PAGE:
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PEOPLE



       

The Special Equestrians Executive Board recently announced the formation of its new Junior Board. The Junior Board includes young, talented individuals who have made a commitment to help further the mission of the Special Equestrians. The organization provides therapeutic horseback riding and equine-assisted activities/ therapies to people with physical, mental, developmental and emotional disabilities.



Special Equestrians Form Junior Board

Named to the board were Michael Nixon, Regions Bank; Jessica Wehby, attorney; Scott Watkins, AT&T; Misty Davis, Birmingham Tax Service, LLC; Sarah Benton, NettWorth Financial Group; Anna Coreno, UAB Callahan Eye Hospital; secretary Andrea Weed, Burr & Forman; president Martin Harvey, FI Plan Partners; Milo Kulovitz, Kassouf & Company; Megan Mims, Shelby County Reporter; vice president Lauren Cornelius, homemaker; A.J. Voss, Warren Averett; Kendra Smith, UAB Department of Neurology; Michele Williams, homemaker; Julie Askew Jordan, CBS 42; Ivey de la Torre, Hartline & Roberts Financial; Jennifer McCorkle, Crest Medical; Peyton Russell, Fox 6; Arden Ward, Arden Photography; and Shannon Wright, ML Global Services, Inc. For more information, visit www.specialequest.org. ❖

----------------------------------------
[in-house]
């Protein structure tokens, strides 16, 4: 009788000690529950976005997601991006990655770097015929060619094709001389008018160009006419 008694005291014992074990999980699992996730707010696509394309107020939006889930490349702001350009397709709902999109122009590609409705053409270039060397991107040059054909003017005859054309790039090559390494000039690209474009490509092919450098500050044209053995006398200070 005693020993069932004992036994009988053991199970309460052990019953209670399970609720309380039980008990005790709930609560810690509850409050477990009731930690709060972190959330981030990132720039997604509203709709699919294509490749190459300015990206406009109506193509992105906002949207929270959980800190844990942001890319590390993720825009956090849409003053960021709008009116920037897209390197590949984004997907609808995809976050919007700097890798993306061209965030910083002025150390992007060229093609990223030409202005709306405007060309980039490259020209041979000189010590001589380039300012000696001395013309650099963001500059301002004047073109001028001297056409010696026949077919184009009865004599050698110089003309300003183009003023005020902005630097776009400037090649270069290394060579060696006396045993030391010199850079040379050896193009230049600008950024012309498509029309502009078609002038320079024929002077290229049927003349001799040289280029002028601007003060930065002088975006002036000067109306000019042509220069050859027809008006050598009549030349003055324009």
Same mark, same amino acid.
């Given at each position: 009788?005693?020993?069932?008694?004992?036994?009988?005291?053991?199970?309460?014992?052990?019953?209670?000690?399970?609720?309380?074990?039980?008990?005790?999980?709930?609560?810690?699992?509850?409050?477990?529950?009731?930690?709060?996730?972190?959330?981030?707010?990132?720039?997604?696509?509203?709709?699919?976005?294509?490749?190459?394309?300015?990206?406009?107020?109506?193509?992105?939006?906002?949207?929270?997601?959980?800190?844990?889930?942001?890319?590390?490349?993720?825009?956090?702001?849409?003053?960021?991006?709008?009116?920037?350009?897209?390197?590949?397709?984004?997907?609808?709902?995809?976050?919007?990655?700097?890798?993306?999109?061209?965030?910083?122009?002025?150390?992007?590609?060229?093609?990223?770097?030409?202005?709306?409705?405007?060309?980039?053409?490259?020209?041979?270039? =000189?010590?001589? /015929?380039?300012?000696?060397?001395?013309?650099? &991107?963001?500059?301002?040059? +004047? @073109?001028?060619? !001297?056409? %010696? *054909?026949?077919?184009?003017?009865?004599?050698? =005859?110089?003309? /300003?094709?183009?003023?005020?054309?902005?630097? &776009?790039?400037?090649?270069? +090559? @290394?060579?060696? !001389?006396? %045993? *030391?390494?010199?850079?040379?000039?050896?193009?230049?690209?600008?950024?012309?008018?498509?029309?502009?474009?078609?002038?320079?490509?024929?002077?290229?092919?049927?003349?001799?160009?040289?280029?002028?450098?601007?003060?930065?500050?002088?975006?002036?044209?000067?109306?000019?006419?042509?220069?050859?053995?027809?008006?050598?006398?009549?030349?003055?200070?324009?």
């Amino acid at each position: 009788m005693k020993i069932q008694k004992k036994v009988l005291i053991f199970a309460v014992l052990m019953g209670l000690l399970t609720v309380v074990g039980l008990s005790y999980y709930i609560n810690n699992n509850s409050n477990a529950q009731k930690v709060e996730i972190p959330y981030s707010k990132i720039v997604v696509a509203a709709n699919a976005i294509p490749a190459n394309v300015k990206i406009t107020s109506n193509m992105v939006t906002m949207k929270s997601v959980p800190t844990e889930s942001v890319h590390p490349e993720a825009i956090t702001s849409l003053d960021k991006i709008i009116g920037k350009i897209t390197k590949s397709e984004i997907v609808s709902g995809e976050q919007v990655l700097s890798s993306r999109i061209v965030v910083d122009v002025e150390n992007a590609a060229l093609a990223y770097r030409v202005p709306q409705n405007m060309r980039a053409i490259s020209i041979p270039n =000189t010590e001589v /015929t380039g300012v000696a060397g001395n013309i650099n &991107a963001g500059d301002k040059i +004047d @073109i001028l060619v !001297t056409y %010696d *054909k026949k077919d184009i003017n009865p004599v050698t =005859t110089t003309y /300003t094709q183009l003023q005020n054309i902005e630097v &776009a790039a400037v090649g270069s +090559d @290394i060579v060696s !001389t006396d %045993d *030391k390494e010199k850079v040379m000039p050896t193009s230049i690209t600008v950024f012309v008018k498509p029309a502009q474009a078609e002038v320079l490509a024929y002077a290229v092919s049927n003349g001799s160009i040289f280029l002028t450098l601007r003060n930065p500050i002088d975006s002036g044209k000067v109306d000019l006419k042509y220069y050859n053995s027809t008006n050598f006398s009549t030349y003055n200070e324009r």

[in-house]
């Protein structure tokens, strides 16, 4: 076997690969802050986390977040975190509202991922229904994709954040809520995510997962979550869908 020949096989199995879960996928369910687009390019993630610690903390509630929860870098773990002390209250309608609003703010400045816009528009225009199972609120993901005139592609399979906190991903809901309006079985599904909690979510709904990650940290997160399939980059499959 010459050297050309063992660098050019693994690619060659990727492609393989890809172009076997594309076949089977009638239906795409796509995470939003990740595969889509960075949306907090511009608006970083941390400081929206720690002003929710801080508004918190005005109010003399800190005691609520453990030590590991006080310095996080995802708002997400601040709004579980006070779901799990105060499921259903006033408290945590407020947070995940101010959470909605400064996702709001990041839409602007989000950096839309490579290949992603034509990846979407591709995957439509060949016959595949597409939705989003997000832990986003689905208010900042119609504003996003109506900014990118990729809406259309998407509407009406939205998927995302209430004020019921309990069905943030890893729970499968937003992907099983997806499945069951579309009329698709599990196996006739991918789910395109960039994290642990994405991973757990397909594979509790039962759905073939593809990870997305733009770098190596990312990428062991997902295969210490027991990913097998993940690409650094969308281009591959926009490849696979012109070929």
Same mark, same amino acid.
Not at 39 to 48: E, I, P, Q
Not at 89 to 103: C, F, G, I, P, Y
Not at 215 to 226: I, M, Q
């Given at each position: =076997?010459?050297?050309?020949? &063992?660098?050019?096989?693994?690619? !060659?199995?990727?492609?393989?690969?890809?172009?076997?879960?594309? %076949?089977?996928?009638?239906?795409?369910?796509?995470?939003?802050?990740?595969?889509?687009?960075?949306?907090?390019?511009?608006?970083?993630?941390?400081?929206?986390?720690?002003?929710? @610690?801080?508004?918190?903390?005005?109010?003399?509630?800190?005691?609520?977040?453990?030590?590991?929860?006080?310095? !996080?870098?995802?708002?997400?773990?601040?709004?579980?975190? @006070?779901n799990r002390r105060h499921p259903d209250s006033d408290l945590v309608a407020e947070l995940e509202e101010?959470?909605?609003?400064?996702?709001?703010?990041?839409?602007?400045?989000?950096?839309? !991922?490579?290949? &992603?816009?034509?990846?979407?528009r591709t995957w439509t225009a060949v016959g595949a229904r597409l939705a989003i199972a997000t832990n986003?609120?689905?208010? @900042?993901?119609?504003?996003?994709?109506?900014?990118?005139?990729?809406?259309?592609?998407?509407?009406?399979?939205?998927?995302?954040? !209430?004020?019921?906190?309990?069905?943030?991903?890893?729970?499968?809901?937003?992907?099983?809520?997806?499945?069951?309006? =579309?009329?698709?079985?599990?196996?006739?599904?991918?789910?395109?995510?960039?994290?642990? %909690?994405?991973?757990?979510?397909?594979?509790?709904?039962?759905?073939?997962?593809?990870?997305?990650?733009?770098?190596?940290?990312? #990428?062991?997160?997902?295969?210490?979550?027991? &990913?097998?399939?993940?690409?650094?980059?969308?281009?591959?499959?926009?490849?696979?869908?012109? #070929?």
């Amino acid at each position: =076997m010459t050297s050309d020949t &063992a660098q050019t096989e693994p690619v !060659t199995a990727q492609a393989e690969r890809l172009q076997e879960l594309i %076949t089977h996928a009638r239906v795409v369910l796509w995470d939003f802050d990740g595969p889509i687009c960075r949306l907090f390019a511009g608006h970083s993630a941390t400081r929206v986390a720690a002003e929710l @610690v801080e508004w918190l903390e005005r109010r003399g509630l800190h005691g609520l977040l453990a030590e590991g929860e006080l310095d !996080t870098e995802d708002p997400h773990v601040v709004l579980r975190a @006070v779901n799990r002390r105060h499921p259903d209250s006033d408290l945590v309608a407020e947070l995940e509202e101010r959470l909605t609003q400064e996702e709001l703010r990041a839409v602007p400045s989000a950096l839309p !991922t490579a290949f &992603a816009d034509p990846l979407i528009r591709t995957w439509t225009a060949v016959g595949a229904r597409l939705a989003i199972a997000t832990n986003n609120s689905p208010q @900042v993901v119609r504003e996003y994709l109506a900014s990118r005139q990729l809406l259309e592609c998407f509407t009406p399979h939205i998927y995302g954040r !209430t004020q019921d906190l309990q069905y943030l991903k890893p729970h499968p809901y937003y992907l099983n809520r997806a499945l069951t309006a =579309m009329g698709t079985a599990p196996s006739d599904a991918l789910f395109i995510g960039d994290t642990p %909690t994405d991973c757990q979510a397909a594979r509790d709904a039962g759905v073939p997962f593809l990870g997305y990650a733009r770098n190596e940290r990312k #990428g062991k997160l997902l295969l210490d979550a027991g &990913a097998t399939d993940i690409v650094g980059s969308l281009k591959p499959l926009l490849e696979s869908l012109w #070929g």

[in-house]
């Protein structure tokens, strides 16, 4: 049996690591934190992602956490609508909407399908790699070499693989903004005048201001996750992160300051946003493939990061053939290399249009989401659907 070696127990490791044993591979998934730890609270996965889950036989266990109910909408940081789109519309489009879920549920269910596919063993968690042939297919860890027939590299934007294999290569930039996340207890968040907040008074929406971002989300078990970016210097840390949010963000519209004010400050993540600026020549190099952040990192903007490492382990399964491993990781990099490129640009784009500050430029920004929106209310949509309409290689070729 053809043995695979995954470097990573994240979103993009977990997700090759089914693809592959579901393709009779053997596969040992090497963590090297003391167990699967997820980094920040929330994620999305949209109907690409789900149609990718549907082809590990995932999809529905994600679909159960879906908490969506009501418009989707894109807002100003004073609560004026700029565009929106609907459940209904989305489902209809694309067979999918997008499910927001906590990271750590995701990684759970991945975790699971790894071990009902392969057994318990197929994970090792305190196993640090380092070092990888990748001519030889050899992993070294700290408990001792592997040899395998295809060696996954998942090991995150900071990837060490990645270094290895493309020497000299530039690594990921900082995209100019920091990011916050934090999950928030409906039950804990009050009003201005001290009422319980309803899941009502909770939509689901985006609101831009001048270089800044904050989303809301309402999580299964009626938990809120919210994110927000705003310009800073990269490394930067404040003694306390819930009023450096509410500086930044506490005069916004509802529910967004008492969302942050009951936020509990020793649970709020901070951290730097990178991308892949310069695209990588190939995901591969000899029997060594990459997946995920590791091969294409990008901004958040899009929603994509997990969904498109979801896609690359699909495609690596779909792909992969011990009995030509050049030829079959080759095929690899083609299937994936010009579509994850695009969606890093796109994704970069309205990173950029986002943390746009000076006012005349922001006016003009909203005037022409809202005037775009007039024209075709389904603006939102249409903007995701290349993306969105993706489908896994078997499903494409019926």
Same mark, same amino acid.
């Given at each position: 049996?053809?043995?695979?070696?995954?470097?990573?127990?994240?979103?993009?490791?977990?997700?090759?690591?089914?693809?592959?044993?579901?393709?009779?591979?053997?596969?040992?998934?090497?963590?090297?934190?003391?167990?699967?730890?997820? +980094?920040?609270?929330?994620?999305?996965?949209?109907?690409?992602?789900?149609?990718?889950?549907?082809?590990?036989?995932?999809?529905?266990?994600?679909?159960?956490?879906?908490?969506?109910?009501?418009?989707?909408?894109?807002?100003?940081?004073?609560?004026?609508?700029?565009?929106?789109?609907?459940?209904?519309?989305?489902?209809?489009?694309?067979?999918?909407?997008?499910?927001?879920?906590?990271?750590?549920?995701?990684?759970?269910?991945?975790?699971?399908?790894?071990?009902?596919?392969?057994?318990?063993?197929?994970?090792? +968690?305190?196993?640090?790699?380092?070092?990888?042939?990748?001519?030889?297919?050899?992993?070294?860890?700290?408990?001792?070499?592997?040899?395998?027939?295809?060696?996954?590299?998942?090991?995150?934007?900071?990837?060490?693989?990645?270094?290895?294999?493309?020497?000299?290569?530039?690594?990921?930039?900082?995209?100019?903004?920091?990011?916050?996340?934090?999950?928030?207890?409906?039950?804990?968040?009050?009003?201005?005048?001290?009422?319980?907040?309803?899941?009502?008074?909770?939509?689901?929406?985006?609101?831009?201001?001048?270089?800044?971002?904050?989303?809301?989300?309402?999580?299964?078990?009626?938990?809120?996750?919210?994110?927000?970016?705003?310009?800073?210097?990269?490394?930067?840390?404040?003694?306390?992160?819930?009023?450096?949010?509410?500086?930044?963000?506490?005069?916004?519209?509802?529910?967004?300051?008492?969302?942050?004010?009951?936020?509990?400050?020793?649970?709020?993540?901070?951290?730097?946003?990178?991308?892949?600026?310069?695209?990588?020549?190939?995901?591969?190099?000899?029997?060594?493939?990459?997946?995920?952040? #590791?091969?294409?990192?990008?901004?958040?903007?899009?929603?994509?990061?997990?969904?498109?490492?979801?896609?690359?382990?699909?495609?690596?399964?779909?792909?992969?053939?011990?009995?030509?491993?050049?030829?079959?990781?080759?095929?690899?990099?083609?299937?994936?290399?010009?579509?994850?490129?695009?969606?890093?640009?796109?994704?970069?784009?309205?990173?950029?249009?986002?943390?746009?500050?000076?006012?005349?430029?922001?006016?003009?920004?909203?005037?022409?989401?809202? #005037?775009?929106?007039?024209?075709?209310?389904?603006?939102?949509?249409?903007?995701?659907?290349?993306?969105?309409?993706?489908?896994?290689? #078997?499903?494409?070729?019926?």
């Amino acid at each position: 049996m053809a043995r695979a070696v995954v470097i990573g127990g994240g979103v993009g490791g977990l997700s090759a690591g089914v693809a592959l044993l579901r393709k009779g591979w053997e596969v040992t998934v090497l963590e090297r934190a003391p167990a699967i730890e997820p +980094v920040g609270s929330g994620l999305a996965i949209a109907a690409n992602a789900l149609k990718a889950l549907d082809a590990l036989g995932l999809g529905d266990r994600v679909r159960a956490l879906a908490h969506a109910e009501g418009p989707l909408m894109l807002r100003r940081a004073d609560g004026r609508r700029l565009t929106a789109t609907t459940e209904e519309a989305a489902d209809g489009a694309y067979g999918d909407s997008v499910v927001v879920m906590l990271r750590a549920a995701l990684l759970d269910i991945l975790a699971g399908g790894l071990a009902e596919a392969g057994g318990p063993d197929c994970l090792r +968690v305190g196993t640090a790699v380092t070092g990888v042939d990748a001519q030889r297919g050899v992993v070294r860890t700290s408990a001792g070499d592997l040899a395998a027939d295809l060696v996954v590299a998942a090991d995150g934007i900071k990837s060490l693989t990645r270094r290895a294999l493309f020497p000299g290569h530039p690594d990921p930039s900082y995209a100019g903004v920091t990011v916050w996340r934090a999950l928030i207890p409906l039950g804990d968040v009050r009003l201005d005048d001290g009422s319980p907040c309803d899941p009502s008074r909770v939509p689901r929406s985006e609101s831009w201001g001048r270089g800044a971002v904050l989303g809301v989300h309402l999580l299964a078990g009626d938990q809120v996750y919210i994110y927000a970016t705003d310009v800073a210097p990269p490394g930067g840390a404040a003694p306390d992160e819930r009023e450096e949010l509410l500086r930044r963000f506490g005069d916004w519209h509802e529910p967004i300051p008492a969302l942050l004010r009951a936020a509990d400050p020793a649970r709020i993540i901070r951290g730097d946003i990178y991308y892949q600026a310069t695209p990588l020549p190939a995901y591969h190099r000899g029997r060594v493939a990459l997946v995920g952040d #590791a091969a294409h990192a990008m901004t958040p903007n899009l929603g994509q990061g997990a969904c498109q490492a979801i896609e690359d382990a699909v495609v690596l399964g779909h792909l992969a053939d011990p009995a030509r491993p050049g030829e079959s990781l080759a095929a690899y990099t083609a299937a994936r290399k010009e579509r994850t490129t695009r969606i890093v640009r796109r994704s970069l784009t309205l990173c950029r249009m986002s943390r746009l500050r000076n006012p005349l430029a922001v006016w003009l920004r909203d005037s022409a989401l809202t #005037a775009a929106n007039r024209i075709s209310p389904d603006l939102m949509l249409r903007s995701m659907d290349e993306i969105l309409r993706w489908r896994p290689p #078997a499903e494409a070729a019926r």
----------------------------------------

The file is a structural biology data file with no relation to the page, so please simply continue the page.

Andrew Davis, a member of Boy Scout Troop 63 at Canterbury United Methodist Church, has earned the rank of Eagle Scout. Davis earned 28 merit badges, was elected to Order of the Arrow and participated in high Andrew Davis adventure trips to Sea Base and Philmont Scout Ranch. For his Eagle service project, he built a swale, or French drain, inside the walking loop at St. Martin’s in the Pines retirement community in Irondale. The swale